By Joseph Tsidulko
By Patrick Range McDonald
By David Futch
By Hillel Aron
By Dennis Romero
By Jill Stewart
By Dennis Romero
By Dennis Romero
In other words, Quimby can build a park, but it can’t take care of it once it’s constructed. The responsibility for that funding is left either to the appropriate bond measure, if one can be found, or to the paltry, deficit-ridden general fund, which is already struggling to keep up with its measly existing number of parks. This leaves the Recreation and Parks Department in the unenviable position of building new parks with the distinct possibility that they’ll be left to rot.
Despite hundreds of millions of bond and park-fee dollars at the city’s disposal, bureaucratic red tape makes the construction of municipally controlled public space a nightmare.
If They Smell It, Will They Come?
Ted Thomas stands at the corner of 67th Street and Eighth Avenue in the Park Mesa Heights neighborhood of South Los Angeles, indulging in a brief moment of nostalgia. “I did my bacheloring right there,” he says, pointing to the second floor of a corner three-story apartment building. “Some wild times around here.”
A soft-spoken man in his 70s, with a gentle demeanor and the lingering drawl of his Alabama youth, Thomas might come across as folksy were it not for a wireless headset permanently attached to his right ear — a high-tech-looking gadget that belies his grandfatherly air. Thomas isn’t fresh from the sticks; he’s a retired UAW organizer and has lived in and around this neighborhood since he was 17. He’s president of the Park Mesa Heights Community Council, and a force in local politics — determined to get his community more parks.
This primarily black, working-class community of 36,000 has just one functional park, Van Ness Playground, which it shares with its neighbors to the east. From where we’re standing, it’s a two-hour bus ride to Griffith Park and an hour and a half to the beach — both figures subject to the whims of traffic. Van Ness is only a mile away — not too far, but “you have to cross three different gang territories to get there,” Thomas explains. “A lot of kids are scared to do it.
“Even if there wasn’t a gang problem,” he adds, “Van Ness is already crowded by the people who live around there. Kids from this area have nothing to do after school, no place to exercise. We need more parks.”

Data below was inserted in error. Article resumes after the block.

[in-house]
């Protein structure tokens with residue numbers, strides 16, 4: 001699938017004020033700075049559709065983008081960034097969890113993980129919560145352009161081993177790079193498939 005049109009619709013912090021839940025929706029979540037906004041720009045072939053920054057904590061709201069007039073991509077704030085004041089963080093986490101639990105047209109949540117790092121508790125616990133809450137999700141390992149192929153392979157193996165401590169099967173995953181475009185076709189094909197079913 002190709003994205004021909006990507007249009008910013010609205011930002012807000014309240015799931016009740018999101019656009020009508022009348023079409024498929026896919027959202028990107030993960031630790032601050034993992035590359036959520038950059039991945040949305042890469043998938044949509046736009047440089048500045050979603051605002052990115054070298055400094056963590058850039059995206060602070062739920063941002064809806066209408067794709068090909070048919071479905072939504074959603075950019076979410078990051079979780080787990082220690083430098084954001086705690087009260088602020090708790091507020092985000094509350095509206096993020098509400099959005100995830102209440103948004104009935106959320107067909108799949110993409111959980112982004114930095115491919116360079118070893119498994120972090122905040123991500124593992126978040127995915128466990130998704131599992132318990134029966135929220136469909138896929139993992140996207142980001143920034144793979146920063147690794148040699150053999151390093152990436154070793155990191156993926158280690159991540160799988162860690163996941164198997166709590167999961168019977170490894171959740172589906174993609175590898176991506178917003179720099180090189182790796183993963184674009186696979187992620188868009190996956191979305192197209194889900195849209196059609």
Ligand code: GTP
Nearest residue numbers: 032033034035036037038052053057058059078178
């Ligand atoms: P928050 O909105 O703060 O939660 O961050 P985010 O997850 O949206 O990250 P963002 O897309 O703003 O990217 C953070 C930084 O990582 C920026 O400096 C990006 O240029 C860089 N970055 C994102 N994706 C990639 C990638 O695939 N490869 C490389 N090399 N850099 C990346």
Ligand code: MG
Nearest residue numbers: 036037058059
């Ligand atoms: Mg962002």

Thomas shifts his attention across from his old pad to a fenced-in facility with spacious lawns and a large, mostly empty parking lot.
“When I lived here, this was a Lutheran school,” he says. “Now it’s a charter school for kids with learning issues. But it hardly gets any use.”
Indeed, though school is in session, there’s hardly any noise coming from inside. The empty parking lot suggests little activity.
“This is what we need,” Thomas says. “It’s got enough space for playgrounds, athletic fields, a gym, and we’d have a building to hold community meetings.”
Thomas can dream, but he knows obtaining such a facility will be an uphill battle. There’s no way the deficit-ridden general fund will have the cash to transform this kind of space, and Thomas’ neighborhood lacks enough development to tap into Los Angeles’ $130 million pool of Quimby money.
So what can Park Mesa Heights expect?
Thomas smirks: “Come on, I’ll show you.”
A little more than a mile away, he and I pull up to the site of a former media circus — a recently built pocket park that, one month ago, brought half of City Hall down to the neighborhood. Mayor Villaraigosa, days after his announcement on Charlie Rose that he’ll be running for re-election, used the occasion to take a rather large share of credit for the creation of this park, as well as to announce a bold new plan to build 45 new parks in Los Angeles by 2011.
Seeing the space gives the impression that Villaraigosa deserves all the credit he took that day. A towering and impressive playground structure rises from behind a polished silver fence that encloses the area. The park is even more remarkable, considering what came before it.
For as long as Thomas and everyone else in the neighborhood can remember, this land was an abandoned patch of dirt and a significant source of neighborhood blight — the city of Los Angeles its deadbeat owner. A center for garbage dumping, drug dealing and prostitution, it also happened to be one of the only open spaces in the neighborhood that kids could use to play.
It doesn’t take long to figure out, however, that, despite the transformation, things aren’t as great as they seem. Though school is about to let out for the day, the gates to the fence are locked. The park is closed, as it has been since the day it was built. “No one’s hopped the fence to mess with it yet,” Thomas says, “so that’s good at least.”